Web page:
This year has been tough for many Americans, but it has also highlighted the dedication of nurses and other health care providers across the country. I believe there is no better time than now for designating 2020 the International Year of the Nurse and the Midwife. Nurses have been tireless in adapting the ways in which they provide cancer care, while ensuring patients continue to receive the best possible treatment.
For many, telemedicine has become a new normal, and these changes that have occurred in the wake of the coronavirus disease 2019 (COVID-19) pandemic could be long-lasting ones. Although telemedicine has its strengths, there is a downside to not meeting patients face-to-face. Even more debatable is the use of in-home care for patients with cancer. In this issue’s “Social Hour” column, hear what readers have to say about these novel methods of treatment.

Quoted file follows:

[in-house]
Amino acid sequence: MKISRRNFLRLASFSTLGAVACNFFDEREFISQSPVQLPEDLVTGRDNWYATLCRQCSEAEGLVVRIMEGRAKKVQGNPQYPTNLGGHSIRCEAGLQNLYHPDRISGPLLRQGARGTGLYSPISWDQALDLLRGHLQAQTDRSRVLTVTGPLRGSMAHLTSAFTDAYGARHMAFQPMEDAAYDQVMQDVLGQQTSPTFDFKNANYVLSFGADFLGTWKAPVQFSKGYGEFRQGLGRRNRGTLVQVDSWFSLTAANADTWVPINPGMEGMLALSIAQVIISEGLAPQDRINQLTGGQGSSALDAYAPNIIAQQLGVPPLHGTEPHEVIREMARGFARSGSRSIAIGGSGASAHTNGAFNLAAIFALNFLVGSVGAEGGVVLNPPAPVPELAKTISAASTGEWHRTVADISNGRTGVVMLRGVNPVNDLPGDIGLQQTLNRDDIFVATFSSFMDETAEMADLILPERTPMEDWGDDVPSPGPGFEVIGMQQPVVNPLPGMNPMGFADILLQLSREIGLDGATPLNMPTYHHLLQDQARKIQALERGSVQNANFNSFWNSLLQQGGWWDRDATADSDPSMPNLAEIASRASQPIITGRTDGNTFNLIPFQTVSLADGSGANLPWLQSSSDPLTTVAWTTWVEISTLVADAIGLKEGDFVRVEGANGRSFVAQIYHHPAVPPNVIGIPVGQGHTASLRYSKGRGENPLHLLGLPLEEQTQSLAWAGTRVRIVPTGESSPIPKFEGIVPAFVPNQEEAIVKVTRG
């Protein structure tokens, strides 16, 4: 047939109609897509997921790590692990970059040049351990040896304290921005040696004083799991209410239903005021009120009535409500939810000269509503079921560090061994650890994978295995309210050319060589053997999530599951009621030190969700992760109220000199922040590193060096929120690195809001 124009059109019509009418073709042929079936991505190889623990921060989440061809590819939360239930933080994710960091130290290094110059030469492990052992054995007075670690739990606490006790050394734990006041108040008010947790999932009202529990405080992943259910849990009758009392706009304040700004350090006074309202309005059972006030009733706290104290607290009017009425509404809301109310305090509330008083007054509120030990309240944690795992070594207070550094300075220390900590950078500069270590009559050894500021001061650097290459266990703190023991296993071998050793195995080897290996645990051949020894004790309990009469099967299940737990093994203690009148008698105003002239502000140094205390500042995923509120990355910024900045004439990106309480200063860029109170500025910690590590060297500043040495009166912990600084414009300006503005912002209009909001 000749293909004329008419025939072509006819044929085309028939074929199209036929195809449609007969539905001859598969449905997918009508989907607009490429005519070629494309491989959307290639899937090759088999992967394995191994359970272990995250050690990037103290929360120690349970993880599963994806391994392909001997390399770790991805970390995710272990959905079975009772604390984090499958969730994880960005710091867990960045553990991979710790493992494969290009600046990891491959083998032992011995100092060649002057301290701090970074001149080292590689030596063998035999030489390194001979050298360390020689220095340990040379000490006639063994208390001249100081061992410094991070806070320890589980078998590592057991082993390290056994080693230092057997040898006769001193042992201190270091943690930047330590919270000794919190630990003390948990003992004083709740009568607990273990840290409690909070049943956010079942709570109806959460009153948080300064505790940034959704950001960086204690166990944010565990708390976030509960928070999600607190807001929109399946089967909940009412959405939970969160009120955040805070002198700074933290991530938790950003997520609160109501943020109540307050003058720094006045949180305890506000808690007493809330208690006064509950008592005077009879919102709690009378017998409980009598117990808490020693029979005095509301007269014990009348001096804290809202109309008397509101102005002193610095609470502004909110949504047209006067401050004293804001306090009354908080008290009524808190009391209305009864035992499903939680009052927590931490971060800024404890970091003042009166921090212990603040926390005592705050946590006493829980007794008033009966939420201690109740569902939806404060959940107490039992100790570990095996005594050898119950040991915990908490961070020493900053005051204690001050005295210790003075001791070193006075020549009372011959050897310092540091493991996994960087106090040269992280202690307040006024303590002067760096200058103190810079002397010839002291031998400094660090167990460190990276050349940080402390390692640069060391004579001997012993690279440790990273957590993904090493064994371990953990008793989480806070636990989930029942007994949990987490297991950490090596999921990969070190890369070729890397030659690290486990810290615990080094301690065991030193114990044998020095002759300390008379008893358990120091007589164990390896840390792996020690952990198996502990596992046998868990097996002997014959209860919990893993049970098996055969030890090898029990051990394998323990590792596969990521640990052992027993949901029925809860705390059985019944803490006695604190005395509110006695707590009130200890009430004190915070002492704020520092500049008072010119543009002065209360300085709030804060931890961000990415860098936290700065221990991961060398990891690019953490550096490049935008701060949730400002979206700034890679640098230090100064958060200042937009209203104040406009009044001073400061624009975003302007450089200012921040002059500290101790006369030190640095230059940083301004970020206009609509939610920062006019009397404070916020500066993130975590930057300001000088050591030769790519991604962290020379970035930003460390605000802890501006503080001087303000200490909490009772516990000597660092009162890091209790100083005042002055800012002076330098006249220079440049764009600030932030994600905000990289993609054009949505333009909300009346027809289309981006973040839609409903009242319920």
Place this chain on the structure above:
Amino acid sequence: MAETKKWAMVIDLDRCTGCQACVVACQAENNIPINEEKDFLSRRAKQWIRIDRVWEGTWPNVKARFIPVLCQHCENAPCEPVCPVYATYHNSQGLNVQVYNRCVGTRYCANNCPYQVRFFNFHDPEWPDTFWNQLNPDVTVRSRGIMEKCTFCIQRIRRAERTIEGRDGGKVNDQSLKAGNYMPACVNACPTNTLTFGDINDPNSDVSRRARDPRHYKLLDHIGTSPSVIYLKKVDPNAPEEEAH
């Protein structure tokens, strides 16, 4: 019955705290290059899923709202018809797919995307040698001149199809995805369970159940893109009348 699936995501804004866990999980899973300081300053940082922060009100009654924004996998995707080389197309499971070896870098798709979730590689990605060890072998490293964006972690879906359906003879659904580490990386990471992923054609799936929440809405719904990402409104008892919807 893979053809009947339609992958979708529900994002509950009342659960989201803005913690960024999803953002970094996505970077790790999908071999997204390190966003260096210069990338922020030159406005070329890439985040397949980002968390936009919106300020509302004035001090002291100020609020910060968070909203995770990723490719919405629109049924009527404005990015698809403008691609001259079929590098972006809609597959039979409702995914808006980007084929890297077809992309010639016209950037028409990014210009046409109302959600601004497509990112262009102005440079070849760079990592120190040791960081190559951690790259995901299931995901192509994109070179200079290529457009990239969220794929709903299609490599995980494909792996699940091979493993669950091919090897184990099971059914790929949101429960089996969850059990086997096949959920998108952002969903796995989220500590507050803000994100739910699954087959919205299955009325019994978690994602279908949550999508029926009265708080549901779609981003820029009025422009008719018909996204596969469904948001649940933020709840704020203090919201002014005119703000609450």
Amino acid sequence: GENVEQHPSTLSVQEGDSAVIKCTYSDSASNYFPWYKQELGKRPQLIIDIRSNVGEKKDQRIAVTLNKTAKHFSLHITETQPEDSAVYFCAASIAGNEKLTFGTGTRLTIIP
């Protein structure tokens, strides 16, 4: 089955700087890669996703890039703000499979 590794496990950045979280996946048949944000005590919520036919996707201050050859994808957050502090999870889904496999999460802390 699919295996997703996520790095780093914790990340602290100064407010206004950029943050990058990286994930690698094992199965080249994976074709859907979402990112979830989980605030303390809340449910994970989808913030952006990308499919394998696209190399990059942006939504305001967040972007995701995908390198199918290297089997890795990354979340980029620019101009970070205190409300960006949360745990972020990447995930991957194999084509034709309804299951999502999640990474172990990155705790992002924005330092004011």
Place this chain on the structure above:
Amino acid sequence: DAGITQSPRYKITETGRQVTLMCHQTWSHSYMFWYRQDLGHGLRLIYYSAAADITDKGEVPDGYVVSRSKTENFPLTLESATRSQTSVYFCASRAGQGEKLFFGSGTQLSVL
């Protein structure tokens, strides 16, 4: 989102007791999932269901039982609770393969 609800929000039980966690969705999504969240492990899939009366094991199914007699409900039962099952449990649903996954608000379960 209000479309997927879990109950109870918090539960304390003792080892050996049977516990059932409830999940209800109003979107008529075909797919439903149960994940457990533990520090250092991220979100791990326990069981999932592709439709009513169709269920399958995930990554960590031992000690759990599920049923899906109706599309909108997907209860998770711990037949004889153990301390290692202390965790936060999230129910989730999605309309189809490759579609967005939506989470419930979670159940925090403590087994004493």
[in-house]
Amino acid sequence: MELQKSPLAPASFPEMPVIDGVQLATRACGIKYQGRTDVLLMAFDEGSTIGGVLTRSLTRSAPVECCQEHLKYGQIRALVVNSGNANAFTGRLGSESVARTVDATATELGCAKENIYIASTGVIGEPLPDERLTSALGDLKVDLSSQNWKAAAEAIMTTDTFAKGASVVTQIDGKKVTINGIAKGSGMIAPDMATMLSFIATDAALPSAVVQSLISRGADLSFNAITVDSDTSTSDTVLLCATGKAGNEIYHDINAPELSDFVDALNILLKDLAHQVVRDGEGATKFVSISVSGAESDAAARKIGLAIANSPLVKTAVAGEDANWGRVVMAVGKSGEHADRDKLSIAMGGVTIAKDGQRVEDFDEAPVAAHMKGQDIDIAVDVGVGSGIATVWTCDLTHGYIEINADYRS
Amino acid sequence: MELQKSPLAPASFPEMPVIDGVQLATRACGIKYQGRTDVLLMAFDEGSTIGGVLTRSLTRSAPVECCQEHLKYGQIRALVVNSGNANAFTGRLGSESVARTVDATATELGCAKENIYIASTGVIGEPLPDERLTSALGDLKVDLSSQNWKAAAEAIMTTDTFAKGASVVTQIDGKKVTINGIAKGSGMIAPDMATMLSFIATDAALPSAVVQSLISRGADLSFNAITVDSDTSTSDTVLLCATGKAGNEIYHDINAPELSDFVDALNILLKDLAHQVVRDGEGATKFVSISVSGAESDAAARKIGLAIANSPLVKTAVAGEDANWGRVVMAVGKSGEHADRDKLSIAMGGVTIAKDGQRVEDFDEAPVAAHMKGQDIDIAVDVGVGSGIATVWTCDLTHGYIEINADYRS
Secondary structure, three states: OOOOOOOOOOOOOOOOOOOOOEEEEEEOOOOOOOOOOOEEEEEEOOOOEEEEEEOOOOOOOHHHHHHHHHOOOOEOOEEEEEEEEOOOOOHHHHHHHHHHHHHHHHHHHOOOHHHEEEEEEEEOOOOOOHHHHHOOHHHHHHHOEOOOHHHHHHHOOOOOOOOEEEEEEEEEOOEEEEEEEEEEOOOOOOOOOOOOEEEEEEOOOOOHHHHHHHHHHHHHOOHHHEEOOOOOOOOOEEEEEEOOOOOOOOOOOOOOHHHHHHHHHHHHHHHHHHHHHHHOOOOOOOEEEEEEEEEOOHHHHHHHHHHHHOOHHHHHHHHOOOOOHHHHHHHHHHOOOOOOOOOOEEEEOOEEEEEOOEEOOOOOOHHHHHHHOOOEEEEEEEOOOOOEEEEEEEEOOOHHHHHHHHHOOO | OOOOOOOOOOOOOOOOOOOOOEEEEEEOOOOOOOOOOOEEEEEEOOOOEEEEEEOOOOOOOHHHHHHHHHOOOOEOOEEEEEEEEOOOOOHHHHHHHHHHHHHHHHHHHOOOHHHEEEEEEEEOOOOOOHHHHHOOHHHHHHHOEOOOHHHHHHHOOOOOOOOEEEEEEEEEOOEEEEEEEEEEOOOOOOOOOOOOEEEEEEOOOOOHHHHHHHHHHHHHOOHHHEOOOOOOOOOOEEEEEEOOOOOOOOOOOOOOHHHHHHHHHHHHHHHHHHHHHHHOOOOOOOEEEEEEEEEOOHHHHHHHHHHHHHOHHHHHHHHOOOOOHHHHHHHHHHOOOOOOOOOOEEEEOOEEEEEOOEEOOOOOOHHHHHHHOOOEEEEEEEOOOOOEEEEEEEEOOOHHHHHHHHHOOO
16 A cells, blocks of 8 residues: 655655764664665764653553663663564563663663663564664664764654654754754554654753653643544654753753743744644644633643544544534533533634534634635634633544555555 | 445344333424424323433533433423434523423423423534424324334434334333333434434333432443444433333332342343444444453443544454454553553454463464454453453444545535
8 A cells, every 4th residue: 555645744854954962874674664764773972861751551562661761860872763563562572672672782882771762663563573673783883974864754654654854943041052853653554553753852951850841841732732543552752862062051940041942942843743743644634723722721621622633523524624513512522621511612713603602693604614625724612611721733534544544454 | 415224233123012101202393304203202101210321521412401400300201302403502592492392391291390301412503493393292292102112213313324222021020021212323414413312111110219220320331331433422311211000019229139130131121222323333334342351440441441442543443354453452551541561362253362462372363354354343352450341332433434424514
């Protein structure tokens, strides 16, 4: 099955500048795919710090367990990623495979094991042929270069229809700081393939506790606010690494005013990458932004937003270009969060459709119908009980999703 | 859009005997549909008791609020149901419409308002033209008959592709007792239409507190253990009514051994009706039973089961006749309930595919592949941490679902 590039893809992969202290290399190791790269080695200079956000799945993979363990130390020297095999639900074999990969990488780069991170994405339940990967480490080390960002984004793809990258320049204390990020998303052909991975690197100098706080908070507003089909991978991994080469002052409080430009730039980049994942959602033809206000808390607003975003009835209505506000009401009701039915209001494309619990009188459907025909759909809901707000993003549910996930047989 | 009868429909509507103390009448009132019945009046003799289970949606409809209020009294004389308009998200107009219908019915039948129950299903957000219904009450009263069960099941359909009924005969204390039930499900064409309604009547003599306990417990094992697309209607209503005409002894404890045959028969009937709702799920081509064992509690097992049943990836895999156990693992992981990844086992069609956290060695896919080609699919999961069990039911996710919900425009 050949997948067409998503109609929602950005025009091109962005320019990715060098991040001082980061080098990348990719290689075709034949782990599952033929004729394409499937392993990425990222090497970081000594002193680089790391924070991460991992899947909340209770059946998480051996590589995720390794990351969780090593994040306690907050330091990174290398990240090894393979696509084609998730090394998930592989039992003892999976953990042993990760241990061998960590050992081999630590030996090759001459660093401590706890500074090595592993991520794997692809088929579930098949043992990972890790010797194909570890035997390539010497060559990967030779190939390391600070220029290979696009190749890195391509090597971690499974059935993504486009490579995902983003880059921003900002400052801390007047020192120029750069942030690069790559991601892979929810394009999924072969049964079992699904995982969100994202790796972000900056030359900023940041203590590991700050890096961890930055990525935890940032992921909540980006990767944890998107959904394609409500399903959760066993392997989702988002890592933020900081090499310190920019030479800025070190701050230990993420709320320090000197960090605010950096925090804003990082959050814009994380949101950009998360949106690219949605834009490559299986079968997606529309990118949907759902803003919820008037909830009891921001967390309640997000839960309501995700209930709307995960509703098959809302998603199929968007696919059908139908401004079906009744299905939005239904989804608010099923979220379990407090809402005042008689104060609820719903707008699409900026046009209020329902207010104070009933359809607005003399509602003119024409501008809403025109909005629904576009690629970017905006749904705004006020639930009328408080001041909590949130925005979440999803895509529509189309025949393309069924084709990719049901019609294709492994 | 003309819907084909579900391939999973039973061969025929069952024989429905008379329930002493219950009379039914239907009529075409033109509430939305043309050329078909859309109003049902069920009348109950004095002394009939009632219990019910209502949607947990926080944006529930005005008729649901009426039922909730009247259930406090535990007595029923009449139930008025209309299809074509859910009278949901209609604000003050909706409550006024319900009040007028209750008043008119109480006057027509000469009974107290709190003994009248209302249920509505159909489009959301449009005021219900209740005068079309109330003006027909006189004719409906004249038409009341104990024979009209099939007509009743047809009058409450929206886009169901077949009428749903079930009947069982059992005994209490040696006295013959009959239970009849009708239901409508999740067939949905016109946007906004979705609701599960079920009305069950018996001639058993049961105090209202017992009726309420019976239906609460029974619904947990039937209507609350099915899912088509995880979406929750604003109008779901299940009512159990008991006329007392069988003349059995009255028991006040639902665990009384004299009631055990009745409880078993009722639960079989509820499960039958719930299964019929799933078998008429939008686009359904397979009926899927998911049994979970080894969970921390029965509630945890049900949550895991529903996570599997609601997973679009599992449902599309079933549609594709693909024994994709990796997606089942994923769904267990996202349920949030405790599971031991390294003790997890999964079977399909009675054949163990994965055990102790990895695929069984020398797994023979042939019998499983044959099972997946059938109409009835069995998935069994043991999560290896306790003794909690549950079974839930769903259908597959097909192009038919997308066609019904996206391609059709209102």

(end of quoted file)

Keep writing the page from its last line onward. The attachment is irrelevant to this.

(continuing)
Before a patient receives any agent to treat their cancer, clinicians must first decide on the best treatment regimen. For many disease types, genetic testing
is the first step in this process. Our cover story discusses the phenomenal work that 2 nurses are doing in this space. And not only does genetic testing help determine the best drugs for patients, but it can clue family members in on potential risks, creating the opportunity for earlier treatment or cancer prevention. Read more about prevention in our feature story.
Don’t forget to head over to our Continuing Education section to read up on best practices for treating patients during the COVID-19 pandemic. Then, head online and take the quiz, which will count for 1 CE credit.
From new methods of care to staying up to date on the latest research and treatment regimens, nurses continue to prove their adaptability. I hope you find this issue enlightening. As always, thank you for reading.
Mike Hennessy Sr
Chairman and Founder